Junior two-meter defender played full season with meniscus tear
Before this season, Brady Hoskins hadn’t played a full season of water polo in his college career. Every season, the junior two-meter defender has dealt with a new injury, often forcing him out of the water.
During his freshman year, Hoskins lacerated his spleen and spent most of the season in the intensive care unit and on the bench, he said. By his sophomore year, he was ready to get back in the pool – until he herniated a disk in his back.
The third time wasn’t the charm for Hoskins this season. He felt his knee pop during a game this year, and the initial pain only intensified. He’d torn his meniscus, a potentially season-ending injury. However, Hoskins played through the injury for the entire season.
“There have definitely been a few occasions when I thought about taking a break from water polo, when I woke up and couldn’t get out of bed,” Hoskins said before the season ended. “But, you know, there is only a week and a half left (in the season), so I want to finish it off, finish a complete season finally.”
Hoskins fulfilled his goal and played through his meniscus injury, until the water polo season ended on Nov. 17 in the Southern California Intercollegiate Athletic Conference semifinals against Whittier College.
“I thought about taking a break from water polo when I woke up and couldn’t get out of bed.”
“He’s an athlete. Athletes, we do (fight through the pain) sometimes,” said head coach Eric Ploessel. “Back in the days when I was playing, concussions weren’t as big as now, and we played with concussions and through broken hands. Sometimes, that’s what we do, because we love the sport. We don’t want to be out. It hurts us.”
Hoskins didn’t think he would be able to play through the pain without a little help.
“It’s pretty painful,” Hoskins said. “Luckily, you get enough adrenaline from the game – you don’t really feel it too much. Plus, our athletic trainers are phenomenal and they are doing a lot to keep me in the game.”
Ashley Raciak, a certified athletic trainer at Chapman and Colin Bernstein, a graduate student assisting with the athletic training department, worked with Hoskins while he dealt with his injuries, Hoskins said.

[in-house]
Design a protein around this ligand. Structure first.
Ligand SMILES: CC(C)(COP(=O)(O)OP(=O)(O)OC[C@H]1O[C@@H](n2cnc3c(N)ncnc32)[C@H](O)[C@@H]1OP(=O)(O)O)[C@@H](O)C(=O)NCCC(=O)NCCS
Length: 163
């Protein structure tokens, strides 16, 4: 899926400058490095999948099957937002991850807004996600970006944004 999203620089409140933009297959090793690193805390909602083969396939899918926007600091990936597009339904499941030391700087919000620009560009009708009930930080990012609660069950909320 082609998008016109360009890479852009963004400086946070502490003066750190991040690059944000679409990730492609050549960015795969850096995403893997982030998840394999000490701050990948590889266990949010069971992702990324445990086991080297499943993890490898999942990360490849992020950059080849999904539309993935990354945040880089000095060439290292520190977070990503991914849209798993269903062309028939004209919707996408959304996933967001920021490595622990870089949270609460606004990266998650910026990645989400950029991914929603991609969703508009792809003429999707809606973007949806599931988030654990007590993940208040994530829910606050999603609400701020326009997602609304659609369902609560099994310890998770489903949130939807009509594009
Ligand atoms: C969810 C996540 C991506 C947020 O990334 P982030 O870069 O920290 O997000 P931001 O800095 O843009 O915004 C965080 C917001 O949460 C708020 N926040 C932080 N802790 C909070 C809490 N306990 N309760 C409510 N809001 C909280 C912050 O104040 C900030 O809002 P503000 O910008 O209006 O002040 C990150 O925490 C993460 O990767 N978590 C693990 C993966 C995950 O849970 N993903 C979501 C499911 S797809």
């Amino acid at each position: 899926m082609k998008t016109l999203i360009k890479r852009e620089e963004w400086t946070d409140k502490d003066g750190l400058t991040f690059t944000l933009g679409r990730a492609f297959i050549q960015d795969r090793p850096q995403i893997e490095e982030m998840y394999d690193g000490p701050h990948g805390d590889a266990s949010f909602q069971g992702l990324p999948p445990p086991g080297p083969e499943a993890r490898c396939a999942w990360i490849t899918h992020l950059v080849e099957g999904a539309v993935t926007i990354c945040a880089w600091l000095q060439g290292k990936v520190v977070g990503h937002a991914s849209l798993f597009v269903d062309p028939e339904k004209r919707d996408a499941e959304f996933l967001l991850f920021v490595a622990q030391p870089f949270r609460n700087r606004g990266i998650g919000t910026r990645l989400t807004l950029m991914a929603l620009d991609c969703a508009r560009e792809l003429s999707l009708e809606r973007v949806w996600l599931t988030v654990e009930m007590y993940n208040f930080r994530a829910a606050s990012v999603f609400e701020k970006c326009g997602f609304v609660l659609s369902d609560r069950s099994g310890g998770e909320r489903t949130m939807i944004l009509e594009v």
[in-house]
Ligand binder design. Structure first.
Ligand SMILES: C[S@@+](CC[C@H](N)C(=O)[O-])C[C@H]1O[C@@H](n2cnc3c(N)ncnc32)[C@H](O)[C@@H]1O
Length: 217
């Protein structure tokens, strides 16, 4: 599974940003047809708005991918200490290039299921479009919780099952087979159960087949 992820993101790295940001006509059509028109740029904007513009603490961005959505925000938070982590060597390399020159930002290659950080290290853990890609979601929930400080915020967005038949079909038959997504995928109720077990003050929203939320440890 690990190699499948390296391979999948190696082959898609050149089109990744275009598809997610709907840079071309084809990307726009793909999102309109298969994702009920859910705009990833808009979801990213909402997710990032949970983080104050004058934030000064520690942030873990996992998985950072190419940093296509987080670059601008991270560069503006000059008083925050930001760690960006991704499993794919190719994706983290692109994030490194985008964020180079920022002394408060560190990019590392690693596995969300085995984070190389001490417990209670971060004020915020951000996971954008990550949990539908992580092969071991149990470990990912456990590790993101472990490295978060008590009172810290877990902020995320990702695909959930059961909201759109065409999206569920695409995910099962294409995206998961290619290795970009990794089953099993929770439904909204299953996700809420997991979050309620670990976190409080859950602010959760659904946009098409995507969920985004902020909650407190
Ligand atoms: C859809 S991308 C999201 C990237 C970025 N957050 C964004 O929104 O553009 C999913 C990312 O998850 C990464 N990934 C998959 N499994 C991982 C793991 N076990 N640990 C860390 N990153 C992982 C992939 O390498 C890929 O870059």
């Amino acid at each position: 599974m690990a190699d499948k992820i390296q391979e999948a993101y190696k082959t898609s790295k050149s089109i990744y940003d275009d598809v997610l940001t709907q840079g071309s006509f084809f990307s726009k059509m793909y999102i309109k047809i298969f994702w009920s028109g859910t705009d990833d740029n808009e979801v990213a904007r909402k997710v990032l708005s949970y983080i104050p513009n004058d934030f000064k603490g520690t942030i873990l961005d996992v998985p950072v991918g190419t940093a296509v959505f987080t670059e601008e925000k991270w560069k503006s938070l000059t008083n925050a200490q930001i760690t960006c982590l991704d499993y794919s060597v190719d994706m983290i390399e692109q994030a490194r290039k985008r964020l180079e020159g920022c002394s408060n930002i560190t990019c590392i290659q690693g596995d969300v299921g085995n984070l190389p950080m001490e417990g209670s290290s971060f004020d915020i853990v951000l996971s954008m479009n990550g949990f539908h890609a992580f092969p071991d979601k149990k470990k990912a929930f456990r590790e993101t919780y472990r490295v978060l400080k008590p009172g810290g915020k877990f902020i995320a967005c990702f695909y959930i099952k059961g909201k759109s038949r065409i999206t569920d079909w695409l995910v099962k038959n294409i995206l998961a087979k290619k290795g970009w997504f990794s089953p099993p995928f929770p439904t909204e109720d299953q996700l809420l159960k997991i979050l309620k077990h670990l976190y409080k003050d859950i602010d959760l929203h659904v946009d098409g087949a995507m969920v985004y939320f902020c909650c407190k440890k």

“You almost have to forget about it and tell yourself you’re not injured,” Hoskins said. “It definitely affects me in the water, because you use your legs so much in water polo. Playing with one leg is not ideal. You can kind of feel it, but you have to keep telling yourself it’s only 32 short minutes.”
Hoskins said that he plays for his team and for his family, but his ability to to get through a game doesn’t come without sacrifice.
Throughout college career, Hoskins’s pain tolerance has increased, he said.
“I just try and strengthen the ligaments and the muscles around my knee, but other than that, it’s all just playing with the pain tolerance,” Hoskins said.
Hoskins’s injuries have affected team members, because they had to sometimes practice and play without him – a “key” player – Ploessel said.
“We’ve just been dealing with it for the past three years,” Ploessel said. “Sometimes, I’ve kept him out for a game or two just to give him extra rest, so he’s not playing every single game.”
Hoskins was first introduced to Chapman by his older sister Emmy, a ‘17 alumna. He said it became an obvious choice when he was looking at schools.
“I just fell in love with the school, to see how close-knit the team was awesome to me,” he said.
Still, Hoskins’s injuries have made his college experience less than ideal. Getting to class from his house on crutches can take 30 to 40 minutes, but it is something he has learned to deal with, he said.
“I wouldn’t change my experience,” Hoskins said. “I think it’s honestly the team, you have this real sense of brotherhood, especially on our team. I know I’m going to be friends with these guys way past college.”